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    • "In murine systems, mutations conferring BCR hyperresponsiveness , such as those involving negative signaling molecules such as SHP-1 (Zouali & Sarmay, 2004), CD22 (O'Keefe et al., 1999), or FCγRIIb (Fukuyama et al., 2005), are associated with a SLE-like disease. On the other hand, mutations involving positive regulators such as CD45 can disrupt immune tolerance via constitutive activation of Src kinases, leading to autoantibody production (Zikherman et al., 2009). Given the central role of SYK and BTK in transmission of antigen receptor signals that are critical for autoantibody production and the various innate immune effector functions discussed above (Table 2), pharmacological inhibition of the catalytic function of these enzymes is expected to have pleiotropic anti-inflammatory effects and impact multiple steps in the pathogenesis of autoimmune disorders. "
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    ABSTRACT: Spleen Tyrosine Kinase (SYK) and Bruton's Tyrosine Kinase (BTK) are non-receptor cytoplasmic tyrosine kinases that are primarily expressed in cells of hematopoietic lineage. Both are key mediators in coupling activated immunoreceptors to downstream signaling events that affect diverse biological functions, from cellular proliferation, differentiation and adhesion to innate and adaptive immune responses. As such, pharmacological inhibitors of SYK or BTK are being actively pursued as potential immunomodulatory agents for the treatment of autoimmune and inflammatory disorders. Deregulation of SYK or BTK activity has also been implicated in certain hematological malignancies. To date, from a clinical perspective, pharmacological inhibition of SYK activity has demonstrated encouraging efficacy in patients with rheumatoid arthritis (RA), while patients with relapsed or refractory chronic lymphocytic leukemia (CLL)/small lymphocytic lymphoma (SLL) have benefited from covalent inhibitors of BTK in early clinical studies. Here, we review and discuss recent insights into the emerging role of the SYK-BTK axis in innate immune cell function as well as in the maintenance of survival and homing signals for tumor cell progression. The current progress on the clinical development of SYK and BTK inhibitors is also highlighted.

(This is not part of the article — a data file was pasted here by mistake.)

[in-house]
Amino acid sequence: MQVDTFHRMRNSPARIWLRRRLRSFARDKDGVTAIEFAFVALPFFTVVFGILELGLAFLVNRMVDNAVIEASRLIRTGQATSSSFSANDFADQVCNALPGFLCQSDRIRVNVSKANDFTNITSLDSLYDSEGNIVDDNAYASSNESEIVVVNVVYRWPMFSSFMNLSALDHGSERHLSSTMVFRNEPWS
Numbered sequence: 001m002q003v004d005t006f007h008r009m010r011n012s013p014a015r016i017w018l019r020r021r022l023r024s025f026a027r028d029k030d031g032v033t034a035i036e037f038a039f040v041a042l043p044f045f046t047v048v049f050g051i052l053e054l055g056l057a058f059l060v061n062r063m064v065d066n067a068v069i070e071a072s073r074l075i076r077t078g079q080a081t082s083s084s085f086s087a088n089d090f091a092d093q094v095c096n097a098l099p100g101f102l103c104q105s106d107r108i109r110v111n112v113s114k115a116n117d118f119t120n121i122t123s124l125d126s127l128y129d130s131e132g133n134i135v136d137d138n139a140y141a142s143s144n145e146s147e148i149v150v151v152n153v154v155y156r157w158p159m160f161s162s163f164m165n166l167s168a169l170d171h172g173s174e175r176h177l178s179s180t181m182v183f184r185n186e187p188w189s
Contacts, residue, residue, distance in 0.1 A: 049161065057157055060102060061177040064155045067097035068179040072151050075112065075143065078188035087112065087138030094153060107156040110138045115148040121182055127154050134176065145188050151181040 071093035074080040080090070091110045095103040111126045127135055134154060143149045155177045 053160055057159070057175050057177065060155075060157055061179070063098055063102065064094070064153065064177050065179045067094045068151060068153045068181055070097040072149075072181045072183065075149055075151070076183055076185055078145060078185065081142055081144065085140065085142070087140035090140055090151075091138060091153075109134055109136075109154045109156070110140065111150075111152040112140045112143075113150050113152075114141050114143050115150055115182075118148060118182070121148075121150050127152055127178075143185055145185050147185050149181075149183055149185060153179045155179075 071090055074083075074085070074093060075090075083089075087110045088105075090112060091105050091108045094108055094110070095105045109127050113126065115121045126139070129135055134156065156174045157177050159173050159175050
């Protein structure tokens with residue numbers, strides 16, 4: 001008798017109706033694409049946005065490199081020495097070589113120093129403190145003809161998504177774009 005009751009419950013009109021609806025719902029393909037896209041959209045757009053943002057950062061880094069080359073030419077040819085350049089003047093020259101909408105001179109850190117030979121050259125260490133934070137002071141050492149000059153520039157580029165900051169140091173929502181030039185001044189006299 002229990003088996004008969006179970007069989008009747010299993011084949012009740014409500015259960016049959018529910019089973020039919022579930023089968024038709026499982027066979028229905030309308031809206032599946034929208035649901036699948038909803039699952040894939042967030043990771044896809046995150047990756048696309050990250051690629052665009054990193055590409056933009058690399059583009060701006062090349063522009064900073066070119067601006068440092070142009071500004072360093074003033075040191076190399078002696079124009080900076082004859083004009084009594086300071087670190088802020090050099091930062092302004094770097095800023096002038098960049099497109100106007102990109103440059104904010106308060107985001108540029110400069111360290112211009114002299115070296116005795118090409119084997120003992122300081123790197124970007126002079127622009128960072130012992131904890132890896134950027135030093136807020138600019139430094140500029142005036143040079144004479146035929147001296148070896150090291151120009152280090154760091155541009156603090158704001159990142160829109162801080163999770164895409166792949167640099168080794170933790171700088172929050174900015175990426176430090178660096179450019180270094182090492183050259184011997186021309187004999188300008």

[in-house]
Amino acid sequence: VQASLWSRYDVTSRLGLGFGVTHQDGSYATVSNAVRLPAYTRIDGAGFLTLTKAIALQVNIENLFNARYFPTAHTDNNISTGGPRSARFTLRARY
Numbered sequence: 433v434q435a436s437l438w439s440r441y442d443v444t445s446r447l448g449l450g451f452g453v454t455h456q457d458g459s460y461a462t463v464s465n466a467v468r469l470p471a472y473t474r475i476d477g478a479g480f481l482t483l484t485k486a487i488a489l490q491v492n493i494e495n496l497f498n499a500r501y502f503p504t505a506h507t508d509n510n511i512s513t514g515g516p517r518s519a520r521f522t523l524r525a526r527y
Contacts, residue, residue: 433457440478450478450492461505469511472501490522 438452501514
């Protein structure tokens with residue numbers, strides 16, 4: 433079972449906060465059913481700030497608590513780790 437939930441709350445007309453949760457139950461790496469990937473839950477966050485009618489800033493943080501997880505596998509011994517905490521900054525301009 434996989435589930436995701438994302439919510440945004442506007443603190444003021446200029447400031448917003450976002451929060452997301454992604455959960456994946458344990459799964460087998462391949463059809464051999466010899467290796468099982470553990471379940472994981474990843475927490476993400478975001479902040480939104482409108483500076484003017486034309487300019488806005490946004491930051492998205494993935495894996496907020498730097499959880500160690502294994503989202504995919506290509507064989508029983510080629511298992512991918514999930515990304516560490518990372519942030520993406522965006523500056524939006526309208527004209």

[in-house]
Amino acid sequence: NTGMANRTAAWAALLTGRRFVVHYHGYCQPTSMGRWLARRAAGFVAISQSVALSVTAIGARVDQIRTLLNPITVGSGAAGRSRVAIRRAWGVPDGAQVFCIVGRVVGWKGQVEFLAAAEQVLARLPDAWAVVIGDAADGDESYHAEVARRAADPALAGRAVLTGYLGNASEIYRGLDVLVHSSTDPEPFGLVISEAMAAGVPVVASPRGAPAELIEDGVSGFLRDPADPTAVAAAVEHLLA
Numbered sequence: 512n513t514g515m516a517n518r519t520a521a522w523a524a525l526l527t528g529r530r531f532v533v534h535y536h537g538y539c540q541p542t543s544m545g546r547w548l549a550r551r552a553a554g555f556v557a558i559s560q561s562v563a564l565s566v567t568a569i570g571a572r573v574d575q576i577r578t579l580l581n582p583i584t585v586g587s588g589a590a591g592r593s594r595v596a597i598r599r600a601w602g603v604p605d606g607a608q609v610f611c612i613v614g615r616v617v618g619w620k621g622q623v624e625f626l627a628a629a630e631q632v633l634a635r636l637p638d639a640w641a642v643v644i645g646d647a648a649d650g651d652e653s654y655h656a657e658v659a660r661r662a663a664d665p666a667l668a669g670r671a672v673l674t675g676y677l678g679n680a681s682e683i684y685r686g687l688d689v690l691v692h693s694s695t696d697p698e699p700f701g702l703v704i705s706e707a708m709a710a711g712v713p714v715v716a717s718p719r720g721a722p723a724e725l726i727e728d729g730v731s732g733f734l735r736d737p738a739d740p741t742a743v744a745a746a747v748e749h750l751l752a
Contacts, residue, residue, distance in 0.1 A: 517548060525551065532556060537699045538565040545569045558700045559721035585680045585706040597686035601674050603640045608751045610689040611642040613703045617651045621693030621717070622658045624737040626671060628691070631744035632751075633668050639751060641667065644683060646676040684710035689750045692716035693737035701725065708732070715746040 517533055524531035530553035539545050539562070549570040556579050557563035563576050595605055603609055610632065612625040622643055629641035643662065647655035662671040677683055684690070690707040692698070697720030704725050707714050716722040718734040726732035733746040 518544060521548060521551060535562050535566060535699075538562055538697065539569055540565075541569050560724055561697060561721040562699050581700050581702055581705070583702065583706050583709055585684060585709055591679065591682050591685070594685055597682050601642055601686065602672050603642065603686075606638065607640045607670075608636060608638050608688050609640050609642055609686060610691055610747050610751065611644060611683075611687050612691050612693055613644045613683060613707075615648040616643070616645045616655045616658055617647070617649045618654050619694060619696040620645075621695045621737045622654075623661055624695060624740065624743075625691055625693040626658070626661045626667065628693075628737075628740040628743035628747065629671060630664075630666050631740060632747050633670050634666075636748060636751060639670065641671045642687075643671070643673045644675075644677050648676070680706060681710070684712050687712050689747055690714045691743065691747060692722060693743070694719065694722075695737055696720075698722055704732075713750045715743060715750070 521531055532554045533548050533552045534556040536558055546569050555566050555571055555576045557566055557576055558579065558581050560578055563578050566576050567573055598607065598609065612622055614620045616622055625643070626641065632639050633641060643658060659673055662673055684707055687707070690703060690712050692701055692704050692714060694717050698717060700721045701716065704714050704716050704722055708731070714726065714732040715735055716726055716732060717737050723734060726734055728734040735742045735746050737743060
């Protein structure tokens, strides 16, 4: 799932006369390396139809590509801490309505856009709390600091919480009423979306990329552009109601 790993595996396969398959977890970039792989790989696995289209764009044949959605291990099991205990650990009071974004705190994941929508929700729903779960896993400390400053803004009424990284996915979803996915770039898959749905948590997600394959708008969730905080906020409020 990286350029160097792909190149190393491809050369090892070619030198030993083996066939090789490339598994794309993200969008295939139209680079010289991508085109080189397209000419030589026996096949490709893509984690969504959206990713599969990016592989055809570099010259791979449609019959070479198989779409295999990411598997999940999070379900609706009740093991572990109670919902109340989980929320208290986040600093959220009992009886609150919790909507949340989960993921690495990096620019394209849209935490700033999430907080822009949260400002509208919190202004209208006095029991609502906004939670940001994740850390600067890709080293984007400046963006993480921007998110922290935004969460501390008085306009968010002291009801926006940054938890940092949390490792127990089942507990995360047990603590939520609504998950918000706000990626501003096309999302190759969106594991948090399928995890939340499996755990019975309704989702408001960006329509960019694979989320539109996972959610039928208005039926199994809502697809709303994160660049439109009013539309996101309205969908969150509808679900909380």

Pharmacology [?] Therapeutics 02/2013; 138. DOI:10.1016/j.pharmthera.2013.02.001 · 7.75 Impact Factor